Ipoh resident turns her hobby into a business

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  • Saturday, 26 Apr 2014

Wong's collection displayed over a sewing machine at her outlet.

TURNING one’s hobby into a business so that one enjoys one’s work is easier said than done.

For Kristy Wong, it was out of sheer hardwork, perseverance and determination she started her accessory (costume jewellery) business in 2012.

She along with her husband, both 31, set up their stall at the pasar malam (night market) five days a week.

They have their regular jobs during the day and they operated their night market business between 6pm and 10.30pm Monday to Friday.

“We had been doing the night market business for more than a year,” said Wong who also has an anonymous business partner.

They took their business up to the next level when they opened their first outlet — Kristy’s Collection — at De Garden in Ipoh city on Jan 1, 2013.

Looking back, Wong said some of their customers from the night market had advised them to set up their own outlet so that customers could shop comfortably.

“Some of our previous customers shop at our outlet now,” she said.

Wong said customers needed time to browse and try out the accessories, and the night market environment might not be that conducive.

Last month, they set up their second outlet on Lorong Panglima in Ipoh Old Town.

Wong told MetroBiz in an interview on Monday that their business partner was good at sourcing for the accessories.

“She also loves accessories and she is a frequent traveller overseas where she can source for trendy accessories,” said Wong, adding that their collection included items from Korea and Taiwan.

Wong, who is good at coming up with her own creations, said she learned the art from magazines and websites.

Like the four seasons, she said the trend for accessories also changed for those who follow the trend.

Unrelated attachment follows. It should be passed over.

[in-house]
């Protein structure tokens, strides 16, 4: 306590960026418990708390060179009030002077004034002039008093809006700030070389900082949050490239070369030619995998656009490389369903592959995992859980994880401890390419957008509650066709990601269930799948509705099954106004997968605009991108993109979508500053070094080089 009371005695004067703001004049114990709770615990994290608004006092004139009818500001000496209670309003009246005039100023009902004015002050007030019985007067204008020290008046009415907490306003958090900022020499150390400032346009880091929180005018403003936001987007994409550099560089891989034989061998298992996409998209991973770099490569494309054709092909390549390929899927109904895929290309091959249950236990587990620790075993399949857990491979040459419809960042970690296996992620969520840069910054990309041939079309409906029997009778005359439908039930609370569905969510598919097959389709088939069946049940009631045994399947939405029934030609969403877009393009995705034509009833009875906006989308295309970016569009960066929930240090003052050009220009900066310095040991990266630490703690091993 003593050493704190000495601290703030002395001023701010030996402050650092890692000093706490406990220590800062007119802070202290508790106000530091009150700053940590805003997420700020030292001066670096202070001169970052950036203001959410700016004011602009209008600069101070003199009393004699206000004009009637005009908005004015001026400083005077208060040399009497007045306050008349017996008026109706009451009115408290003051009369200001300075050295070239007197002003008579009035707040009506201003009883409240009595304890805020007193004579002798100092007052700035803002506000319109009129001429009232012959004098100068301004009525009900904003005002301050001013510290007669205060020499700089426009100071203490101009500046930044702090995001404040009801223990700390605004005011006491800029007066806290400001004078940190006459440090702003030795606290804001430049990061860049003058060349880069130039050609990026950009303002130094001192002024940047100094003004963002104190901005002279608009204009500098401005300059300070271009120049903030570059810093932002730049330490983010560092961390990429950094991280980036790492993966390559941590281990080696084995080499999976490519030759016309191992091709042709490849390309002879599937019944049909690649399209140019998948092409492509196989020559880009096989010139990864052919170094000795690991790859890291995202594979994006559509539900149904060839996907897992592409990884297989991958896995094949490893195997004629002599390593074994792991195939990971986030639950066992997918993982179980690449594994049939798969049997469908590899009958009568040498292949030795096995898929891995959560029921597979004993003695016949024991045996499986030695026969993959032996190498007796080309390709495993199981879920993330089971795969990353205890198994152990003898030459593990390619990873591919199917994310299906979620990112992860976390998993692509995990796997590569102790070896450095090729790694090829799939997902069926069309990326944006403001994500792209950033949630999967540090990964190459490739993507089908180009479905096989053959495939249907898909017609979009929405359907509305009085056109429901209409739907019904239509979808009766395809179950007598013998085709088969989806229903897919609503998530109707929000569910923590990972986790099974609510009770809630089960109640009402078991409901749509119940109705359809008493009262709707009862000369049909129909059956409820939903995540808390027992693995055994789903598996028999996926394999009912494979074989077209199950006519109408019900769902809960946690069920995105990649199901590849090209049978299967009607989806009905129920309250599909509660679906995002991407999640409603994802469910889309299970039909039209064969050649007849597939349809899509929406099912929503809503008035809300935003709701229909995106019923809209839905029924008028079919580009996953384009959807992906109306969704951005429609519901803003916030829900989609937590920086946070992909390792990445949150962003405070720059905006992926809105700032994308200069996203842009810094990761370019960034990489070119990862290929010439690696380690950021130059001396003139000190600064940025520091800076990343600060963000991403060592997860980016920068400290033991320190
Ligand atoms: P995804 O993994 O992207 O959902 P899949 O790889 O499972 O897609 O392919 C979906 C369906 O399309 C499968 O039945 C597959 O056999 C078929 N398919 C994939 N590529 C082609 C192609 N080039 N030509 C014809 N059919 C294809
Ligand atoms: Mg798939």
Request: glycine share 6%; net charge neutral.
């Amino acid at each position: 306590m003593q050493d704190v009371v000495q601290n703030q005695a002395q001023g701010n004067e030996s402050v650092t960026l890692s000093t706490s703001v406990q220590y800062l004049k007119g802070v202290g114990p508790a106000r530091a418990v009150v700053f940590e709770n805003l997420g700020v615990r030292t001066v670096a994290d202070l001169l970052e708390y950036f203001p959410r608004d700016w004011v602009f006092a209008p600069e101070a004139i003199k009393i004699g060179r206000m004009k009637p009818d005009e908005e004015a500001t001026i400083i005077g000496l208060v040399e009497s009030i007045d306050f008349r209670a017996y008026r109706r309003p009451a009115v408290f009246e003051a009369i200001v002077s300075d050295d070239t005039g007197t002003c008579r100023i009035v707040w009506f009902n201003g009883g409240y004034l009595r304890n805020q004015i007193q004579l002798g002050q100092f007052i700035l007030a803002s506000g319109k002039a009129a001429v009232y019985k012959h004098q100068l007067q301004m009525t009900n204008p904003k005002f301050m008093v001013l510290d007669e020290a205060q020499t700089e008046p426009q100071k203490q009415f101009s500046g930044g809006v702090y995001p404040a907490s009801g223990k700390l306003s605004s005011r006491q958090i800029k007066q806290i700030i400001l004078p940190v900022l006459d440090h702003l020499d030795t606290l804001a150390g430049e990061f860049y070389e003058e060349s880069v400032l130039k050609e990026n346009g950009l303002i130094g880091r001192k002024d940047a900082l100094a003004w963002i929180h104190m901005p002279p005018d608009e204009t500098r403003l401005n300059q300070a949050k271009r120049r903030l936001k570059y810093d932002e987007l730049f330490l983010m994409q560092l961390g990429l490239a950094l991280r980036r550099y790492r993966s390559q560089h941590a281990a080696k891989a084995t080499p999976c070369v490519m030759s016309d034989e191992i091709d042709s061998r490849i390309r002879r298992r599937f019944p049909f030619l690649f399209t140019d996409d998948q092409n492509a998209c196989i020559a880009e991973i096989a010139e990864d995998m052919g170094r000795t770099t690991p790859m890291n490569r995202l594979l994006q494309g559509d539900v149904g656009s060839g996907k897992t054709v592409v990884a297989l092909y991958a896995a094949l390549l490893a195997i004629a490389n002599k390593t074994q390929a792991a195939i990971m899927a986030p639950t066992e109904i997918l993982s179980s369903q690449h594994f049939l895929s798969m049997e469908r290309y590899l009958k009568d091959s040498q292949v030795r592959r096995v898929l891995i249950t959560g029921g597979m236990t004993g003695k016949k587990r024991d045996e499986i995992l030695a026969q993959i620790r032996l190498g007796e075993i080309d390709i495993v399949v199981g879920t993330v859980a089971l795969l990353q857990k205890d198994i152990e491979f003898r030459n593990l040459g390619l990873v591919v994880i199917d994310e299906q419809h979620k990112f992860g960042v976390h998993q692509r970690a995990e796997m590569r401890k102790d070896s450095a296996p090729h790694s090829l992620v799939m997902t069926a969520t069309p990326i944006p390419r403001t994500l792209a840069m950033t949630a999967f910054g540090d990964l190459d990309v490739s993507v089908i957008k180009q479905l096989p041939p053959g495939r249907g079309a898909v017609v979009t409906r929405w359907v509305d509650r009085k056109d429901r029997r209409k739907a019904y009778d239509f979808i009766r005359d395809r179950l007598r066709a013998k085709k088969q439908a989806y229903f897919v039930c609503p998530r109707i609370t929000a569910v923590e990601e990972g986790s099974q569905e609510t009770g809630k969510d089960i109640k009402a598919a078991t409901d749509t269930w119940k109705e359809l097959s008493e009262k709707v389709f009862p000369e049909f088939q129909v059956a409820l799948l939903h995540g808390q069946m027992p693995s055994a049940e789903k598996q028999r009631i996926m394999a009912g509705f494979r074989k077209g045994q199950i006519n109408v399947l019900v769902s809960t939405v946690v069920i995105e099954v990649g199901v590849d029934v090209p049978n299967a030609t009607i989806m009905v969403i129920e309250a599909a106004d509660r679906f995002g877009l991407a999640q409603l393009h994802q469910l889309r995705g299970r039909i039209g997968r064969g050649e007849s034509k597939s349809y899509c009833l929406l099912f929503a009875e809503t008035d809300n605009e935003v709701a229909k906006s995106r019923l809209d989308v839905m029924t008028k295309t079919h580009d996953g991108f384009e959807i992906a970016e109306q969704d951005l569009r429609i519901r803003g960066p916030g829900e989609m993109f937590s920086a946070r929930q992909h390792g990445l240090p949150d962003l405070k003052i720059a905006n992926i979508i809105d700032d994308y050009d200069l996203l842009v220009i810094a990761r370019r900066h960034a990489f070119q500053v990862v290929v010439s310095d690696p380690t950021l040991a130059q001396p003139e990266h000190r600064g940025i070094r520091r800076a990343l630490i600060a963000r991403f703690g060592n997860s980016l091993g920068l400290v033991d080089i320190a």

Wong, who is stationed at the Lorong Panglima outlet six days a week, said it closed on Tuesday.

The De Gardens outlet is manned by a staff member.

Wong said about 30% of her customers were tourists.

She said many tourists were attracted to Ipoh by its good food and that Ipoh Old Town had huge potential for tourism development.

For instance, Lorong Panglima is surrounded by famed coffeeshops like Tean Chun and Kong Heng which were several decades old and also modern cafes.

Some of the patrons, she added, would walk around the place to buy local delicacies after their breakfast or lunch.

“For Kristy’s Collection, many people are attracted to our collections because they like the design and the prices are much cheaper compared to Kuala Lumpur and Johor Baru for instance,” she said.

Citing examples, she said a charm bracelet from Kristy’s Collection retailed at RM12 and a similar bracelet could be priced up to RM24 at outlets in Kuala Lumpur.

She attributed the big difference in pricing to the high cost of doing business in the capital city.

In fact, Wong said the pricing for most of the items in her outlet was between RM8 and RM20.

“We want to make accessories as affordable as possible for our customers,” she said, adding that this would be a good way to make accessories more accessible for people.

Wong said she also repairs accessories from her outlet for a fee of up to RM10.

Some customers want to wear their accessories for a long time and she sees the repair service as an added value for her customers.

She said she also repaired accessories that were not from her outlet.

On the profile of her customers, she said many from De Garden were teenagers while those at the Lorong Panglima outlet were in their 30s and 40s.

On the choice of customers, Wong said every piece of accessory has its own beauty and every customer has their own taste, adding that the beauty of accessories would be further enhanced by the way their owners match them with their attire.

Kristy’s Collection also sells clothes on consignment from designers.

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